Volume 73 Supplement 1
Placental miRNA expression in association with in utero particulate air pollution exposure
© Tsamou et al. 2015
Published: 17 September 2015
Background and aims
Particulate matter exposure during in utero life may entail adverse health outcomes later in life. Epidemiological studies in adults have linked air pollution's adverse effects to alterations in gene expression profiles, which can be regulated by epigenetic mechanisms, including microRNAs (miRNAs). MiRNAs have been implicated in diverse biological processes. We investigate the potential influence of air pollution exposure in early life on placental miRNA expression.
Within the framework of the ENVIR ON AGE birth cohort, the expression of four miRNAs (miR-16, miR-21, miR-146a and miR-222) was analyzed by qRT-PCR in placental tissue from 211 mother-newborn pairs. Multiple regression models were used to study placental miRNA expression and in utero exposure to particulate matter over various time windows during pregnancy. In silico analysis was performed to predict genes and pathways targeted by the studied miRNAs.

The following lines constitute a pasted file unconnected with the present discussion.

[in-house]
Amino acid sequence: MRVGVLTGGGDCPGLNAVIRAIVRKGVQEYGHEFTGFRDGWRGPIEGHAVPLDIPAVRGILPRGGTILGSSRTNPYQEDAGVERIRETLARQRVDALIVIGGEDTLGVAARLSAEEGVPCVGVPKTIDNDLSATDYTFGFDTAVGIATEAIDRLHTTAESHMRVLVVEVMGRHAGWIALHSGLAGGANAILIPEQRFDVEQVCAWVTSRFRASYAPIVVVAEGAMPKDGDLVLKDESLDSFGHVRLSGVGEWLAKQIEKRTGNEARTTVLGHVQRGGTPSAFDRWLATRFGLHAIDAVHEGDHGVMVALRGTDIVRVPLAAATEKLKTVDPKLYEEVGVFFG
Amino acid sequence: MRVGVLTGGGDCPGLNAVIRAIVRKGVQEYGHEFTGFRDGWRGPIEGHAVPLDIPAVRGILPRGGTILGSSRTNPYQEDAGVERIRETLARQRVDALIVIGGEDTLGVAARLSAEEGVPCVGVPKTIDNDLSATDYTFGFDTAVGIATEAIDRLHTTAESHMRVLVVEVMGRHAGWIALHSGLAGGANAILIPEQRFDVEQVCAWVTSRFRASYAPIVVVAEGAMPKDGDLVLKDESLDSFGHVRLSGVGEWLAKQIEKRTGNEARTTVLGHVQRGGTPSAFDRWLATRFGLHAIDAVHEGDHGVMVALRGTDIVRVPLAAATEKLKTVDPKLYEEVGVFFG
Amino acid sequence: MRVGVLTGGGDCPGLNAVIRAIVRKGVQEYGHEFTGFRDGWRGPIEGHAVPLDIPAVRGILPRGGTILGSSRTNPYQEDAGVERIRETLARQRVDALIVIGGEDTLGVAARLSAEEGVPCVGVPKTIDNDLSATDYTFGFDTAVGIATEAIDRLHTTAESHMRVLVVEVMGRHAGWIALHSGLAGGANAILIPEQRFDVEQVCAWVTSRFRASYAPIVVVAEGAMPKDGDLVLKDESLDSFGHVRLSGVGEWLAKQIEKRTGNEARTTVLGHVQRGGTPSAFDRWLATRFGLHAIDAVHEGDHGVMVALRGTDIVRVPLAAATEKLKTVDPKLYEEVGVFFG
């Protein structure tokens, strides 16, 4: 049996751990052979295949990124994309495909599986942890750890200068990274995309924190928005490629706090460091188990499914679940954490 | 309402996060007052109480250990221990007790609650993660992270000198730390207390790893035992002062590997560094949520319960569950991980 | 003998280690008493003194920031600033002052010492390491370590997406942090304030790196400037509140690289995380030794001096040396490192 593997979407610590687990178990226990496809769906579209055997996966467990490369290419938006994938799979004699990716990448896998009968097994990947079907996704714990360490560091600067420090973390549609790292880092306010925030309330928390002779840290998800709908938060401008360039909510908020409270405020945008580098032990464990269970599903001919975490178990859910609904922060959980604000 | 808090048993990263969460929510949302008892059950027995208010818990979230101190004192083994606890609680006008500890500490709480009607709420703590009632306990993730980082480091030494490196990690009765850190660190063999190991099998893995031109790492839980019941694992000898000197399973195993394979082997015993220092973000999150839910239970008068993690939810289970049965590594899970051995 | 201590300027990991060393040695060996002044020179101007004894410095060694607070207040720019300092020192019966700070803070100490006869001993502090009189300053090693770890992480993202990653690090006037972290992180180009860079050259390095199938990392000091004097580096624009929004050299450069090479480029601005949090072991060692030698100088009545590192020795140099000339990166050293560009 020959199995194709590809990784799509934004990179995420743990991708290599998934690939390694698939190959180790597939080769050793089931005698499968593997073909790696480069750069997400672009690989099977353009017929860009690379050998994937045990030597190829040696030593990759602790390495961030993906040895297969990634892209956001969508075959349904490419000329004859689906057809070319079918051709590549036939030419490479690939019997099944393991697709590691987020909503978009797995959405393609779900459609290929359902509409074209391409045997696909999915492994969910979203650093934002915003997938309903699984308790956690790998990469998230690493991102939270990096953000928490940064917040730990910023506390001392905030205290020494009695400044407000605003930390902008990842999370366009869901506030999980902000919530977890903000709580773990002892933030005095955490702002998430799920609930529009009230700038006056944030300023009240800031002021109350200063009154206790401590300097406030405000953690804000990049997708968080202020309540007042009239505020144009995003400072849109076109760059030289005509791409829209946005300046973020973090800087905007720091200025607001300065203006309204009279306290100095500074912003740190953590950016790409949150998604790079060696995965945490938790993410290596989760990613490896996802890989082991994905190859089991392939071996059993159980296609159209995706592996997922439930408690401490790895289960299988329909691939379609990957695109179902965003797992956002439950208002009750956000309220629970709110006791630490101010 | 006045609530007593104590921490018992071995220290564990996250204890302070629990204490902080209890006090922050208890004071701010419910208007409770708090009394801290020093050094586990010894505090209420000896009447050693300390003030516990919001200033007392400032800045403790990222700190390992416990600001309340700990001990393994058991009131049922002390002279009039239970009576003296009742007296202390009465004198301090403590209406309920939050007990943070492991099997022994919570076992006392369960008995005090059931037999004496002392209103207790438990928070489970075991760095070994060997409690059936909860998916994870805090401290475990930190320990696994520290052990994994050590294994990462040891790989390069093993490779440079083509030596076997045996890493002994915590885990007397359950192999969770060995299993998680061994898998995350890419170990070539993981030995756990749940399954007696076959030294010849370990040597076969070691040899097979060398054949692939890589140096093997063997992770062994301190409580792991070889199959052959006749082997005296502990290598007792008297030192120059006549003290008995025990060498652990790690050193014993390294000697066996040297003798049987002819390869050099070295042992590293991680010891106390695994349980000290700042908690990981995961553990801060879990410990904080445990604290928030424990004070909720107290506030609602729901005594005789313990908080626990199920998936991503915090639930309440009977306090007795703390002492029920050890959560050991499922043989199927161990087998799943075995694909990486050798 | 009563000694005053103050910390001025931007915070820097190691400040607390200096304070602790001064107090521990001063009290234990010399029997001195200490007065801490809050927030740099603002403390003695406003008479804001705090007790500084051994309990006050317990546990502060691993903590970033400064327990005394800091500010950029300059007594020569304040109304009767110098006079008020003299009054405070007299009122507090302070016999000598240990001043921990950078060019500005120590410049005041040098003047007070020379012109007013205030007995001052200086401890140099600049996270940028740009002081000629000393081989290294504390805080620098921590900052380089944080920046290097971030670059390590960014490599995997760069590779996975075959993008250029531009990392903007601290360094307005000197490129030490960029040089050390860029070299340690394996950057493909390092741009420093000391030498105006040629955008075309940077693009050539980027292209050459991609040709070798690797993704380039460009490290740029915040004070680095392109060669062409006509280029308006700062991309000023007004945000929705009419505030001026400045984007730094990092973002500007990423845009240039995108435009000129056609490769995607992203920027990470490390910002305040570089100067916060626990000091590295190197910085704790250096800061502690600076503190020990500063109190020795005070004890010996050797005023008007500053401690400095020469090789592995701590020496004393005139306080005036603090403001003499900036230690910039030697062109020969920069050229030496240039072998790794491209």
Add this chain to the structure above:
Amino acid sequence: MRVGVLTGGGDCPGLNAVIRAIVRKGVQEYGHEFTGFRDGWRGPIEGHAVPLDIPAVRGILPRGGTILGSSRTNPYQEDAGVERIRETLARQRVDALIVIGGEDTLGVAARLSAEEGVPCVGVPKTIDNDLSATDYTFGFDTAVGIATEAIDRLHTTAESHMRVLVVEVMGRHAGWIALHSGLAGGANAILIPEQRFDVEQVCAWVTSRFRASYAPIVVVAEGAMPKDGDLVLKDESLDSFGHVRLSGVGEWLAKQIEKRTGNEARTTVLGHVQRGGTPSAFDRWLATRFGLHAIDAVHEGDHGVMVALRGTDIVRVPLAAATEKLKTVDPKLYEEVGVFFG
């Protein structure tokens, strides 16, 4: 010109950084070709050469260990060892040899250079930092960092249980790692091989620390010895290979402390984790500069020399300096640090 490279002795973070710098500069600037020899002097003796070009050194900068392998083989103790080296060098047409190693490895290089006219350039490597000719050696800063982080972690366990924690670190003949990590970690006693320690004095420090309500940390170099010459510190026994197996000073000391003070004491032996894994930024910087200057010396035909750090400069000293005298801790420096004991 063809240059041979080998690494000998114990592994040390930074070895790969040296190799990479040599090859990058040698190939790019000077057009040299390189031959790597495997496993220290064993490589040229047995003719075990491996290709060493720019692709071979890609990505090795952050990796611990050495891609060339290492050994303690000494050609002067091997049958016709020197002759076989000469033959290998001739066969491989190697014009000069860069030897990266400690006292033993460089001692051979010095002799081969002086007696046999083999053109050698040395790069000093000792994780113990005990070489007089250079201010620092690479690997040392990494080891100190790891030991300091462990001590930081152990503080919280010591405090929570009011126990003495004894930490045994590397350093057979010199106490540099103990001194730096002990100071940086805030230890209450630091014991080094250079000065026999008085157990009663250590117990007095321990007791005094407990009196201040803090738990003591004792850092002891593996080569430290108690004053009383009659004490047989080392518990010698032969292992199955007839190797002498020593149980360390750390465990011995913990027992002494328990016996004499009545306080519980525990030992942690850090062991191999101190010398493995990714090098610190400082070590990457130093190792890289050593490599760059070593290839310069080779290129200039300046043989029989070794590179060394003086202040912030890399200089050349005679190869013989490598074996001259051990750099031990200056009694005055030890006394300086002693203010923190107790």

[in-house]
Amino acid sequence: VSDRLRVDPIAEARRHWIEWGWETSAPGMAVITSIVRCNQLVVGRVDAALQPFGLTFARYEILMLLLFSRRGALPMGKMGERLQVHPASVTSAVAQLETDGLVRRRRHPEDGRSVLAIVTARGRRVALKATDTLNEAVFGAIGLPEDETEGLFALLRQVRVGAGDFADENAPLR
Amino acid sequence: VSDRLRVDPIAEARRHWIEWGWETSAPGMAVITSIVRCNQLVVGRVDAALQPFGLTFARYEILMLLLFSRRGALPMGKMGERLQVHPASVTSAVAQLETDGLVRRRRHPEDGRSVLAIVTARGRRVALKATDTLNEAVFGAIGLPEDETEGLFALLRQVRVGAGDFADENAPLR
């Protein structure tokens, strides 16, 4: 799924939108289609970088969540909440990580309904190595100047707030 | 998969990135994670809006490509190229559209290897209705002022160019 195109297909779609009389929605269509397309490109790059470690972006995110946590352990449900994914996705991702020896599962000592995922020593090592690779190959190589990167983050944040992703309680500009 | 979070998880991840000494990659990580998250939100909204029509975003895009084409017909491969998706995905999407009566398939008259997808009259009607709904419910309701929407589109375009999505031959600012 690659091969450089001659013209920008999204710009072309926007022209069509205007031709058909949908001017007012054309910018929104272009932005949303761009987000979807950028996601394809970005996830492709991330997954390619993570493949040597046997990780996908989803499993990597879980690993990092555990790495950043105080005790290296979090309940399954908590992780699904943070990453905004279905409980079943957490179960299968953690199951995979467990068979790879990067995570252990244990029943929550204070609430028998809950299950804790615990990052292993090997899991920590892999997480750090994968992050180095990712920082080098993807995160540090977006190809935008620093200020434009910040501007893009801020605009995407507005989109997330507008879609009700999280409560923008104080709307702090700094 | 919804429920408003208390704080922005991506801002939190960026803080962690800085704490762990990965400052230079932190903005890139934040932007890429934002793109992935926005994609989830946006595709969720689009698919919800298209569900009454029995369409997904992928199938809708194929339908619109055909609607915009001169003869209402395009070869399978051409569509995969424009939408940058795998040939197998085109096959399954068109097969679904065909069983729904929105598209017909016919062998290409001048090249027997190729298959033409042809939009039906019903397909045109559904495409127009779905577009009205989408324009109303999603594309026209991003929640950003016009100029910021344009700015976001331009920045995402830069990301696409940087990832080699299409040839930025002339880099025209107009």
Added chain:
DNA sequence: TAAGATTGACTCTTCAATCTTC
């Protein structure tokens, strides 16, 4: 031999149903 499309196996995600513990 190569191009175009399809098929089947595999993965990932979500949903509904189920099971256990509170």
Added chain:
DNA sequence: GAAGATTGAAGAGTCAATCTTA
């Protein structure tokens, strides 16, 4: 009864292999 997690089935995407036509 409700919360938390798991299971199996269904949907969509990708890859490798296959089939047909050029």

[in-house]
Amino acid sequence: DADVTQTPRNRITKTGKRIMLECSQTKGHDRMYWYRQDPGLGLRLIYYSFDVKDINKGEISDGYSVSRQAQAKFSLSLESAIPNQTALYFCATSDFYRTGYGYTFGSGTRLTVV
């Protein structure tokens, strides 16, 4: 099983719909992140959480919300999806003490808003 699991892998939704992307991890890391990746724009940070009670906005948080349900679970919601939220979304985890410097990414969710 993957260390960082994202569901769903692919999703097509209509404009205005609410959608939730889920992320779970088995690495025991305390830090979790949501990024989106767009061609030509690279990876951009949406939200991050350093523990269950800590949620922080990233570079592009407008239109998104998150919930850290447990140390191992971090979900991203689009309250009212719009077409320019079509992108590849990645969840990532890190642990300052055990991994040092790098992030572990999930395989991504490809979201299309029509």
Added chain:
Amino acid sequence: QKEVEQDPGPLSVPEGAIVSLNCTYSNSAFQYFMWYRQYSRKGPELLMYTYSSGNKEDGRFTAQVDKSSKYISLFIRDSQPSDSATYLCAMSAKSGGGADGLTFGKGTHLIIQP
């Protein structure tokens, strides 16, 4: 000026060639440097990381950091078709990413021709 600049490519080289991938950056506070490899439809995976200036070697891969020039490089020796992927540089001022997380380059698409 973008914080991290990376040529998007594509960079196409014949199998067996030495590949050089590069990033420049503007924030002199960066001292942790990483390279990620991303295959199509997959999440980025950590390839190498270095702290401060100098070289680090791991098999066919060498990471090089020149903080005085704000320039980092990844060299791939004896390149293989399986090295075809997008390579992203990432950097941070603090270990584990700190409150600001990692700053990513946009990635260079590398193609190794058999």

All four measured placental miRNAs were associated with air pollution exposure in early-life. For each 5 μ/m3 increase in PM2.5 exposure, the expression of miR-21, miR-146a and miR-222 was reduced by 32.1% (95%CI: -52, 3.8, p=0.0305), 30.1% (CI: -47.3, -7.1, p=0.0144) and 23.9% (CI: -41.8, -0.6, p=0.0462) during the 2nd trimester, respectively. The effects were independent of mother's age, pre-gestational BMI, smoking status, parity and educational status, and newborn's gender and gestational age, seasonality and apparent temperature. Pathway analysis based on in silico predicted miRNA targets revealed immune responses as the core pathways targeted by the studied miRNAs.
Environmental exposure to particulate air pollution in early-life can modify the placental expression of miRNAs-21, -146a and -222 in human placental tissue. These miRNAs might be relevant targets for PM induced effects in fetal programming and could potentially lead to health outcomes later in life.
This article is published under license to BioMed Central Ltd. This is an Open Access article distributed under the terms of the Creative Commons Attribution License (http://creativecommons.org/licenses/by/4.0), which permits unrestricted use, distribution, and reproduction in any medium, provided the original work is properly cited. The Creative Commons Public Domain Dedication waiver (http://creativecommons.org/publicdomain/zero/1.0/) applies to the data made available in this article, unless otherwise stated.